HomeNewsAustraliaNSW Faith Affairs Council holds its first full meeting

NSW Faith Affairs Council holds its first full meeting




The NSW Faith Affairs Council held its first full meeting on Wednesday, November 29 at NSW Parliament House. The meeting was also attended by the NSW Minister for Multiculturalism Steve Kamper.

Members unanimously elected the first Chair of the NSW Faith Affairs Council, the Right Reverend Dr Michael Stead.

Dr Stead has been the Bishop of South Sydney, Anglican Church Sydney Diocese, since 2015. He is also Chair of many committees and subcommittees in General Synod and Sydney Diocese, including the Religious Freedom Reference Group.

The Minister addressed the NSW Faith Affairs Council on the need for interfaith harmony and collaboration to deal with heightened community tensions resulting from overseas conflict.

“Today was a momentous occasion. To see representatives from across the faith spectrum come together to discuss common issues and to work on a way forward was a unifying moment,” Minister Kamper.

“I commend the Faith Affairs Council members for their commitment to interfaith harmony, and I look forward to working with them through the challenging issues facing our multifaith and multicultural communities.”

The first act of the Council was to pass an historic ‘Interfaith Resolution’ to help NSW faith communities navigate through the current difficult times:

Interfaith Resolution

Minister Steve Kamper addressed the NSW Faith Affairs Council on the need for interfaith harmony .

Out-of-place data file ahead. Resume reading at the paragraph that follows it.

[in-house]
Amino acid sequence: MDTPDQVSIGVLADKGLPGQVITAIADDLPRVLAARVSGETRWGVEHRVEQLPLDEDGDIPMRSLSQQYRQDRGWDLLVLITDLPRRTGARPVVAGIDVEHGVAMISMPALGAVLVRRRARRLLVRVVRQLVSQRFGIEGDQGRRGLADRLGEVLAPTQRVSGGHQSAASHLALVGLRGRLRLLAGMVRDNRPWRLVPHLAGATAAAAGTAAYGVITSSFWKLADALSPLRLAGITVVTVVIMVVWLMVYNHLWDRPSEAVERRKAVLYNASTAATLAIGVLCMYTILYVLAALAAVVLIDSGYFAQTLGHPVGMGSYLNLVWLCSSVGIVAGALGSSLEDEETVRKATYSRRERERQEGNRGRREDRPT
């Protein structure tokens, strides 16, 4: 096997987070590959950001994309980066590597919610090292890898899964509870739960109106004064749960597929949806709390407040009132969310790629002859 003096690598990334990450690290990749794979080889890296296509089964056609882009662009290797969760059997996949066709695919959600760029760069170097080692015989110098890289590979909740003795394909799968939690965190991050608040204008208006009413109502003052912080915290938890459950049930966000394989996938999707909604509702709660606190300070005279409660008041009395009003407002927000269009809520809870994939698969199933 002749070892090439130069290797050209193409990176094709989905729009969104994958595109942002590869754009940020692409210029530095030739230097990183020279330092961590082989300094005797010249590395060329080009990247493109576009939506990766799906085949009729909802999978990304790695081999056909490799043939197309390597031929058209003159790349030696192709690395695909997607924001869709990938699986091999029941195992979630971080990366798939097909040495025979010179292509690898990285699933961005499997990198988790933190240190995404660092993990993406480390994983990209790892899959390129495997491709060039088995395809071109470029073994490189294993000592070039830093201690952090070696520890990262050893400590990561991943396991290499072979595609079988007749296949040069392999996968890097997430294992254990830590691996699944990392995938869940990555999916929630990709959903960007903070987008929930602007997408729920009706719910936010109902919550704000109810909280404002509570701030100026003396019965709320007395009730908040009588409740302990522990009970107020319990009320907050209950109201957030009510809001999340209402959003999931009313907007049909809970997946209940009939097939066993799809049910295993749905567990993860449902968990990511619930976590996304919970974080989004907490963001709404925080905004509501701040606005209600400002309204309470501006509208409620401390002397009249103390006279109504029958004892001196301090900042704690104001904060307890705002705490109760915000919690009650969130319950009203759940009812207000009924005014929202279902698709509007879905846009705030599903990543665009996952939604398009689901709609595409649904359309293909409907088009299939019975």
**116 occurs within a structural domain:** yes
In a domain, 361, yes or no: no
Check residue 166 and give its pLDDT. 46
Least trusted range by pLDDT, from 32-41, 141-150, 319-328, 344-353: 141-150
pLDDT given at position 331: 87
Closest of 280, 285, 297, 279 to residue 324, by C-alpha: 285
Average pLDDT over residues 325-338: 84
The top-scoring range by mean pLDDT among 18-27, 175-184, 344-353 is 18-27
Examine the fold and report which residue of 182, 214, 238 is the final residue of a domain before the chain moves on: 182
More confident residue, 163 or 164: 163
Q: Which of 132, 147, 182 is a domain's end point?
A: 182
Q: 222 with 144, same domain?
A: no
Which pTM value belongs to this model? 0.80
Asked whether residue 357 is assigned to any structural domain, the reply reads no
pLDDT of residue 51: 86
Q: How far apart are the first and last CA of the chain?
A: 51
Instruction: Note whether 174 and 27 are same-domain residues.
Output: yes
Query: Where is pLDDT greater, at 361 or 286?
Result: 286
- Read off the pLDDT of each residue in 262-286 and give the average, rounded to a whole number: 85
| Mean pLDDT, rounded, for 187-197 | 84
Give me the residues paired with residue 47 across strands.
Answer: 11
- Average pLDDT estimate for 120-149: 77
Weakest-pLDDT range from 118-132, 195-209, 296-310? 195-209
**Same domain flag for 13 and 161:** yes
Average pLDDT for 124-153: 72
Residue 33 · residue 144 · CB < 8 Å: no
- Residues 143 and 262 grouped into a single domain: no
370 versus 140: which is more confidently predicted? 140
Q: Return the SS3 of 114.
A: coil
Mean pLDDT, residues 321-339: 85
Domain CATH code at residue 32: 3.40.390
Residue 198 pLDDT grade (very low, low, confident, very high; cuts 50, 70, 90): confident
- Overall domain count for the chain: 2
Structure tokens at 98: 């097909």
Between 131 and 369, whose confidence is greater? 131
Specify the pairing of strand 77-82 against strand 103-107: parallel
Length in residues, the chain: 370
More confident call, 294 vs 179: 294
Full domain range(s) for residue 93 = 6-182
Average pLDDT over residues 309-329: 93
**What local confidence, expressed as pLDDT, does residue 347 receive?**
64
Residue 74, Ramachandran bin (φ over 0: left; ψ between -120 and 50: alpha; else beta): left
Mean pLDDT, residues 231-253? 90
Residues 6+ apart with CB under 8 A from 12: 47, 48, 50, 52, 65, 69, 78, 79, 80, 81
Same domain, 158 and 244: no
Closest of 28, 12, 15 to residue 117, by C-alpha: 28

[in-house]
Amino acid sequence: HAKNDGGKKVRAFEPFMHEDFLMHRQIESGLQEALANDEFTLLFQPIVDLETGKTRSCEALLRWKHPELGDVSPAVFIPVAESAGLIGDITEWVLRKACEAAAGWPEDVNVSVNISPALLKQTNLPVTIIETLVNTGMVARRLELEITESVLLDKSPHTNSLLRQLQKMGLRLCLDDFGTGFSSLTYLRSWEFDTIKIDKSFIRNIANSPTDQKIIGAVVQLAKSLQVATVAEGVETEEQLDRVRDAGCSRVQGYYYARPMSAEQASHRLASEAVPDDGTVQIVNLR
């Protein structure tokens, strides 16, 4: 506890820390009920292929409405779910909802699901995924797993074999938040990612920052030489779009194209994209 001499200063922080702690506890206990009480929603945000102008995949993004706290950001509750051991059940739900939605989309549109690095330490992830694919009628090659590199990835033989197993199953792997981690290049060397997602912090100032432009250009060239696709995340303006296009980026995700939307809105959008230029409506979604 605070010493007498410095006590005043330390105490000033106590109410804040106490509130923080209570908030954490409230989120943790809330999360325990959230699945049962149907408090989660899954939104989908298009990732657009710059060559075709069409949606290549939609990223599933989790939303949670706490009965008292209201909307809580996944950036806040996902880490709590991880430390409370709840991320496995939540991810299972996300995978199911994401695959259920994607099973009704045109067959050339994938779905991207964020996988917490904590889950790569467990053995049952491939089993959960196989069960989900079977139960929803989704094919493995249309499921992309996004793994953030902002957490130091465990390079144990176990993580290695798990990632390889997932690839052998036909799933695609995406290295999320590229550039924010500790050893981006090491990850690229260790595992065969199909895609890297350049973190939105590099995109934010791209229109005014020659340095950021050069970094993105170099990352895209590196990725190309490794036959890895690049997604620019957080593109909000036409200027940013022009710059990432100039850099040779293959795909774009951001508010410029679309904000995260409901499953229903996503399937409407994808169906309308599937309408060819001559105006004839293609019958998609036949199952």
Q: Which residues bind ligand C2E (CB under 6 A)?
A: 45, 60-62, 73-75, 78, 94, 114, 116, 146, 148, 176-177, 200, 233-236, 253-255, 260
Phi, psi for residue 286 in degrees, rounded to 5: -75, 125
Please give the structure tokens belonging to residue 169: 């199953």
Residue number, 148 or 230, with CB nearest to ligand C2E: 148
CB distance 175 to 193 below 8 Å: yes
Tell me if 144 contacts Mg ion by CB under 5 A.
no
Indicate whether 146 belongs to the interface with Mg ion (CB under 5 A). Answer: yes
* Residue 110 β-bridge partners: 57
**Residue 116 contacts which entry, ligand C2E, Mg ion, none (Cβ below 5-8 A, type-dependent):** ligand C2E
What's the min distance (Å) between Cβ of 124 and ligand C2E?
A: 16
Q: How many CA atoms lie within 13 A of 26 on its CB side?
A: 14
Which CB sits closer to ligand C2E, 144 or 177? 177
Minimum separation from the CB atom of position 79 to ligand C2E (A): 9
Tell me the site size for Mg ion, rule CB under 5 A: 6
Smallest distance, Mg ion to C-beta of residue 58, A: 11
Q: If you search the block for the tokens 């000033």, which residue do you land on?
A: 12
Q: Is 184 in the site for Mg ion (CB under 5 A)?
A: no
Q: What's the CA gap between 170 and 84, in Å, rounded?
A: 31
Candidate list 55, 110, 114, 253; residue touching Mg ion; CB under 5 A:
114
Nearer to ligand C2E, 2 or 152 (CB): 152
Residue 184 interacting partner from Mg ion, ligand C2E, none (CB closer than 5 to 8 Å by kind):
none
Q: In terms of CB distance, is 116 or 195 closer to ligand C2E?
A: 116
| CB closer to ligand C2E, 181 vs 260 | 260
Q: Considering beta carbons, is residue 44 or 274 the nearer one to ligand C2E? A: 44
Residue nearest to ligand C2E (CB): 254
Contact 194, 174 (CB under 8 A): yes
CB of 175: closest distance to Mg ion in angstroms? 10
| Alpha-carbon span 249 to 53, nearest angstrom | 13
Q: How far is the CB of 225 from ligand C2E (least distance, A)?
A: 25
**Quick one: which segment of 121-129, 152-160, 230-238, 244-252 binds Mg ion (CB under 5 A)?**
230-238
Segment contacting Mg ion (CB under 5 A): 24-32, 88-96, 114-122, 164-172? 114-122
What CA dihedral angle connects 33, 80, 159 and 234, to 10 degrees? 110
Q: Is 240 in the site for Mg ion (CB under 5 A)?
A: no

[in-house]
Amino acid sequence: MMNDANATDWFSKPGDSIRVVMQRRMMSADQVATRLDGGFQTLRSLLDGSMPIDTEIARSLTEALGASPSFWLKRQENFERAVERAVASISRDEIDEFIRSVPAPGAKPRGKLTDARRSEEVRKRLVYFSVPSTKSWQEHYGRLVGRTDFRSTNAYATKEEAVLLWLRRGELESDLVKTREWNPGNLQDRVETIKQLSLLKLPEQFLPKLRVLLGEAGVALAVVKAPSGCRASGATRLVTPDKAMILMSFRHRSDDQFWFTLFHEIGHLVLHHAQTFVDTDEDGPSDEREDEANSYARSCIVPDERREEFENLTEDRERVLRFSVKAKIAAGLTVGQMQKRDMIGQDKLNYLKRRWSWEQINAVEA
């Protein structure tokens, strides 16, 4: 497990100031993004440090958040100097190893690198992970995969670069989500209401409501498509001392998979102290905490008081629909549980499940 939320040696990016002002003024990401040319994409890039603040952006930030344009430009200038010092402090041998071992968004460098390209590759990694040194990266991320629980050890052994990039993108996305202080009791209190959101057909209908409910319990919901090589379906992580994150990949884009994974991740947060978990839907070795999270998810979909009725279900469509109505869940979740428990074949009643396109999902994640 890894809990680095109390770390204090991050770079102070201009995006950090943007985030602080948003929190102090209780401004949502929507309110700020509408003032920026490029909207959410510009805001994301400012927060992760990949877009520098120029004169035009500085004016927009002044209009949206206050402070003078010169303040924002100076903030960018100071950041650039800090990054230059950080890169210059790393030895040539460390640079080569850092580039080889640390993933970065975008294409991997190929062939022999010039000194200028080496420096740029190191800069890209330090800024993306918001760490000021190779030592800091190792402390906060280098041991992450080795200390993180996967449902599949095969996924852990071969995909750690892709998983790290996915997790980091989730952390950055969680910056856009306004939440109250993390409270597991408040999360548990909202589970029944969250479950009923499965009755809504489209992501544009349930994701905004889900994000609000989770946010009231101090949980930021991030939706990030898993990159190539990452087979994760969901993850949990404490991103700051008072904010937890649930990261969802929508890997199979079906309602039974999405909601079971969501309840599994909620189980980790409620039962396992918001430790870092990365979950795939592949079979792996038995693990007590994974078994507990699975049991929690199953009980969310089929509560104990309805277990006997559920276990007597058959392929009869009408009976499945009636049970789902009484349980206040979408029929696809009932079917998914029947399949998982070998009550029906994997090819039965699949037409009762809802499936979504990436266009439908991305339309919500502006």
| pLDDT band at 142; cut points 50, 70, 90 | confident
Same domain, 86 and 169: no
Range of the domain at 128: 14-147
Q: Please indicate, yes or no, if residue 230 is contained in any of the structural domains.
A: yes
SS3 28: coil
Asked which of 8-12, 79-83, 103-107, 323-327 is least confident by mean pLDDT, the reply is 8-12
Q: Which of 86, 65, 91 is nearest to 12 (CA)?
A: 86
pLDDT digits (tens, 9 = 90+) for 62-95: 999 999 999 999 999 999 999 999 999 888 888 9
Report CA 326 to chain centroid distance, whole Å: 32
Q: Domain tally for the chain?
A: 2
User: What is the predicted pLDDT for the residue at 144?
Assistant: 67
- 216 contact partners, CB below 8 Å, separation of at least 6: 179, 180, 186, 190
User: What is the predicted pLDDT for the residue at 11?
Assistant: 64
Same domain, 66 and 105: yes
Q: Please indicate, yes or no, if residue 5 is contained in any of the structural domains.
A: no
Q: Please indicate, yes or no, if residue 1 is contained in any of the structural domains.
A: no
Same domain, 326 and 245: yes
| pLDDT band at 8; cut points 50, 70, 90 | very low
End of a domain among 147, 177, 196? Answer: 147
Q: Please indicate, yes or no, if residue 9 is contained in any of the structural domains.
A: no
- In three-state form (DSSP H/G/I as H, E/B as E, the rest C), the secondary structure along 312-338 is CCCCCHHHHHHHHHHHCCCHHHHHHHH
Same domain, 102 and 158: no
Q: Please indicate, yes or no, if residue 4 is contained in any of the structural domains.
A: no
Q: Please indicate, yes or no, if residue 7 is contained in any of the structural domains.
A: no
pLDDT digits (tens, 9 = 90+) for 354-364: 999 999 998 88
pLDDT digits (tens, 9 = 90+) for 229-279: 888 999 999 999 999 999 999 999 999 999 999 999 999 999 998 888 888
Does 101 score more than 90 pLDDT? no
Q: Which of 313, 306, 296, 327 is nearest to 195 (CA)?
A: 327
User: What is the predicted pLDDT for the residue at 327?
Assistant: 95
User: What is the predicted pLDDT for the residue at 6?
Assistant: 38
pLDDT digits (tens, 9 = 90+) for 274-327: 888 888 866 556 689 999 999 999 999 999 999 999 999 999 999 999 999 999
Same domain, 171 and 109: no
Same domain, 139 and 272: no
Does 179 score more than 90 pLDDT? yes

New South Wales is proudly multifaith and multicultural. We acknowledge the oldest continuous living culture on Earth.

We come from 300 ancestries, speak 280 languages and practise 130 religions.

We value the freedom to express our views and practice our beliefs.

Whether it is private or public, in celebration or in protest, we understand our actions must align with our commitment to mutual respect and social cohesion.

The faith communities of New South Wales have consistently demonstrated our ability to engage and coexist in harmony.

We recognise many of us maintain deep connections with other countries through family, heritage, or shared beliefs.

This means our perspectives will often contrast sharply, but this only strengthens our desire to understand one another better.

We unequivocally reject speech, violence and actions which incite hatred towards others.

We affirm our belief in diversity as a great strength of our State. We affirm the right to disagree with one another in a way that is respectful and compassionate.

We ask all the people of our State – whether they have faith or not – to keep NSW a peaceful and welcoming home for all.

We, the NSW Faith Affairs Council, commit ourselves to interfaith collaboration and ongoing cooperation for the betterment of our communities and New South Wales.

The members also agreed on the Terms of Reference and the Code of Conduct for the council. Following this, the council then proceeded to discuss matters of council business.

This included providing proposed solutions and advice, pertaining to:

  1. Establishing multifaith prayer rooms in Government hospitals and other buildings.
  2. Government chaplaincy programs in hospitals, schools and corrective facilities.
  3. Issues relating to religious bullying in schools.
  4. Support for and defence of multiculturalism and multifaith communities.
  5. Communications and relationship with the NSW Police Force.

These motions will be provided to relevant stakeholders as advice from the NSW Faith Affairs Council.

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